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UK by-elections: Rishi Sunak suffers two election losses as British voters reject ailing

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The results amount to a comprehensive rejection of Rishi Sunak’s Conservative Party, which has seen its poll ratings nosedive in the months since Boris Johnson’s departure.


Britain’s beleaguered Prime Minister Rishi Sunak suffered a damaging political blow on Friday as voters rejected his party in two parliamentary elections it could ordinarily have expected to win.

The Conservative Party lost to the resurgent Labour Party in Selby and Ainsty, a region in the north of England where the Sunak’s party had enjoyed a commanding majority.

A second seat, Somerton and Frome, was won by the Liberal Democrats, a centrist party.

The Conservatives just managed to hold on to a third seat in Uxbridge and South Ruislip, the constituency held by former Prime Minister Boris Johnson until his resignation from parliament last month, although Labour significantly grew its share of the vote.

The results will put Sunak’s leadership under pressure, and suggest his government is on course for an electoral defeat at the next general election, expected next year.

Sunak has struggled to reverse the Conservatives’ plummeting fortunes in the nine months he has held office; a series of scandals, a stuttering economy and a decline in Britain’s public services have left his party deeply unpopular.

But the results indicate that the opposition Labour Party, which under the leadership of Keir Starmer is on course to clinch power when Sunak calls a general election.

By law, a general election must take place by January 2025. Most observers think Sunak will call it in the fall of 2024, if not before, to avoid trying to persuade voters to cast their ballots in the middle of winter.

Thursday’s three by-elections provided the sternest mid-term test yet for Sunak, who took power after Liz Truss’s shambolic six-week premiership last fall.

The ruling Conservatives survived a scare in Uxbridge and South Ruislip, where Labour was hoping to claim the seat Boris Johnson had held for eight years. Conservative Party’s candidate Steve Tuckwell won 45.16% of the vote there, according to Britain’s Press Association (PA).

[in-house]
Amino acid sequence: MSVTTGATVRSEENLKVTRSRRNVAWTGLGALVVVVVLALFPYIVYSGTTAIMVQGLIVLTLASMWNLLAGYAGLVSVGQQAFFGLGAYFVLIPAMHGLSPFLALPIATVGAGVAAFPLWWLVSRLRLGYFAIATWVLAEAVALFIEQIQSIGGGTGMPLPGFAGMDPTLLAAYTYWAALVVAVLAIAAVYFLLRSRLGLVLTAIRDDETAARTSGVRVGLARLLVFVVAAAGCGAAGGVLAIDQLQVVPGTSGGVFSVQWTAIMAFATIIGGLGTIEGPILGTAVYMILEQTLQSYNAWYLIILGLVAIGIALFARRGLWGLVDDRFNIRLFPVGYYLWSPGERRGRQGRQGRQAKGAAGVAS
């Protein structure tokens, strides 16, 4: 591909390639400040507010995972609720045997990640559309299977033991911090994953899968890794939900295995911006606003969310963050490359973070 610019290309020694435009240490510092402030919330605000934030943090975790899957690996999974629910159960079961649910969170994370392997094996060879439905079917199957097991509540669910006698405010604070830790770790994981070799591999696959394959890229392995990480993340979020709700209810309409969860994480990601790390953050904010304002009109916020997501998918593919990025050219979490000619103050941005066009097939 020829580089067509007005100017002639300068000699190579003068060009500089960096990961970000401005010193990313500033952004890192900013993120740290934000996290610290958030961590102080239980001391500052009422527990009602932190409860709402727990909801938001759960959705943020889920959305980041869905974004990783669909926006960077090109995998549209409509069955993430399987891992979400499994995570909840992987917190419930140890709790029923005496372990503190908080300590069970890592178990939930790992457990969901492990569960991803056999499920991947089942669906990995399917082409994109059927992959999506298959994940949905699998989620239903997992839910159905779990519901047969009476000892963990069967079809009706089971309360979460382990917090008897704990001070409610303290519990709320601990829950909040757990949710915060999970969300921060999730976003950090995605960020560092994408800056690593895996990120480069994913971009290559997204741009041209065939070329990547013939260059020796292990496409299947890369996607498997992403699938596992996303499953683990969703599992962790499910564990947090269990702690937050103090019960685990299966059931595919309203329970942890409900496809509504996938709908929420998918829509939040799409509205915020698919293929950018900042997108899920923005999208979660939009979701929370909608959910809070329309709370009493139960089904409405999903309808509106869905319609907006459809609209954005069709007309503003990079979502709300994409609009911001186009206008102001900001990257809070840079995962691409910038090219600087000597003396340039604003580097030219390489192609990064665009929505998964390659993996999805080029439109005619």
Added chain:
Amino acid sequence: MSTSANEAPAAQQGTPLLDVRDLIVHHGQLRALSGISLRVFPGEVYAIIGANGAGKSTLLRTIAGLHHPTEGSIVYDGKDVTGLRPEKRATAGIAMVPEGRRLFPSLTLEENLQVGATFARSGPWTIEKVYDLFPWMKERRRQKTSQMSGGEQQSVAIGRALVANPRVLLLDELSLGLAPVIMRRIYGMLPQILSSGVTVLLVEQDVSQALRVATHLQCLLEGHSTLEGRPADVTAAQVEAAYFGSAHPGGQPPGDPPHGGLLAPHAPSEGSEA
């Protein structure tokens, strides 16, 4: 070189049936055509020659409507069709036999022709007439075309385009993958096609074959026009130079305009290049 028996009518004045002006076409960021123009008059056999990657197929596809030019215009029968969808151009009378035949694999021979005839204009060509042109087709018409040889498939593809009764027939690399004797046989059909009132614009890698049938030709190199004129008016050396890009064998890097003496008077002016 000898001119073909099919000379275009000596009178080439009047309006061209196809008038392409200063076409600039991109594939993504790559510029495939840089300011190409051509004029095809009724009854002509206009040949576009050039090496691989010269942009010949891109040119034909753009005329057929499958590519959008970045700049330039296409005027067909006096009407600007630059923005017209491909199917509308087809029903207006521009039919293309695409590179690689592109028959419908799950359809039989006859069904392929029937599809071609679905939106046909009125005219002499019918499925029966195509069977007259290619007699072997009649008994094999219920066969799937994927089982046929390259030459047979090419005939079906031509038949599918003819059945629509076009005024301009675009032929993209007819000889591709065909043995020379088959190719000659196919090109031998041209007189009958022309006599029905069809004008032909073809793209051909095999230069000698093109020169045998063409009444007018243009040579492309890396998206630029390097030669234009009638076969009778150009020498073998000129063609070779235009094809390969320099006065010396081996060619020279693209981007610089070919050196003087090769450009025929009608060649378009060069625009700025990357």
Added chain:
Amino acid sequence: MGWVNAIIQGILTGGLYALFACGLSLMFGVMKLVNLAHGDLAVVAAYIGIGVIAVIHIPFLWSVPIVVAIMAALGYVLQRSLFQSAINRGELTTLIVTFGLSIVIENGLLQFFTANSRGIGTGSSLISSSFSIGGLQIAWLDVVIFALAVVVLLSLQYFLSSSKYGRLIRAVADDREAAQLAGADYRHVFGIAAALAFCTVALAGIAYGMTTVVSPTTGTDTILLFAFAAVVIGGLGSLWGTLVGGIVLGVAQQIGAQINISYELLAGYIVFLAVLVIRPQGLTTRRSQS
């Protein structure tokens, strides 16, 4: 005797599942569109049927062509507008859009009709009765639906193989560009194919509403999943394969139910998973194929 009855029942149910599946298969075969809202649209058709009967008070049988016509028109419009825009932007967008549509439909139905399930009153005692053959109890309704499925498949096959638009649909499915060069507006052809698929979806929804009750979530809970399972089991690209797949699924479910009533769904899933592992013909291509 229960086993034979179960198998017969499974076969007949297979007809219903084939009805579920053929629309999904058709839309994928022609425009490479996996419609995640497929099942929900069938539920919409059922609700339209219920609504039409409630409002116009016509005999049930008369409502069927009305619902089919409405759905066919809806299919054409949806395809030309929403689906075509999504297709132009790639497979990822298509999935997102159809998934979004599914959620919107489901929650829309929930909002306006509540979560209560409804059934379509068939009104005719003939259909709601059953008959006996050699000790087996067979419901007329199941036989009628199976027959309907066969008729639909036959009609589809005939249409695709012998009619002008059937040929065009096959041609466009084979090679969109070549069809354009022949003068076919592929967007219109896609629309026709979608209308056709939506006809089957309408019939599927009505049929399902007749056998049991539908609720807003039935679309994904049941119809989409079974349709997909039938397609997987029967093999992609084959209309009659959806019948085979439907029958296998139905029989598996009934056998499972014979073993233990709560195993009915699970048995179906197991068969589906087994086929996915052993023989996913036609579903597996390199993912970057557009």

Johnson quit in anger after a committee of fellow lawmakers found that he had lied to Parliament over “Partygate,” the scandal of lockdown-era parties in his government that tanked his popularity and contributed to his political downfall.

But in Selby, in the north of England, Labour overturned a huge deficit to win the seat with 46% of the votes, according to PA.

Both seats were viewed as the kind of regions that Labour needs to be targeting if it is to have a hope of claiming a parliamentary majority at the next election.

Both those votes were triggered after a committee of lawmakers found Johnson lied to Parliament, in a damning and unprecedented verdict against a former Prime Minister. Johnson was set to be suspended from Parliament for 90 days, but avoided that penalty by resigning instead.

Nigel Adams, the former Conservative lawmaker for Selby and a close ally of Johnson’s, quit hours later in an apparent move of solidarity.

Adding to the Conservatives’ woes was a thumping loss in Somerton and Frome, an affluent area in south-west England, to the Liberal Democrats which won nearly 55% of votes. The centrist party has been picking up former Conservative support in the so-called “Blue Wall,” a well-off portion of southern England that typically opposed Brexit.

The results amount to a significant rejection of Sunak’s Conservative Party, which has been in power for 13 years and has seen its opinion poll ratings nosedive towards the end of Johnson’s tenure, and since.

Sunak will now look to steady his leadership and fight off any growing murmurs of a challenge within his party.

But time is running out for him to reverse his government’s fortunes. A cost of living crisis, creaking public services, stubbornly high inflation and an endless list of Tory scandals have turned opinion firmly against his bloc, and intensified calls by buoyant opposition parties for an early general election.

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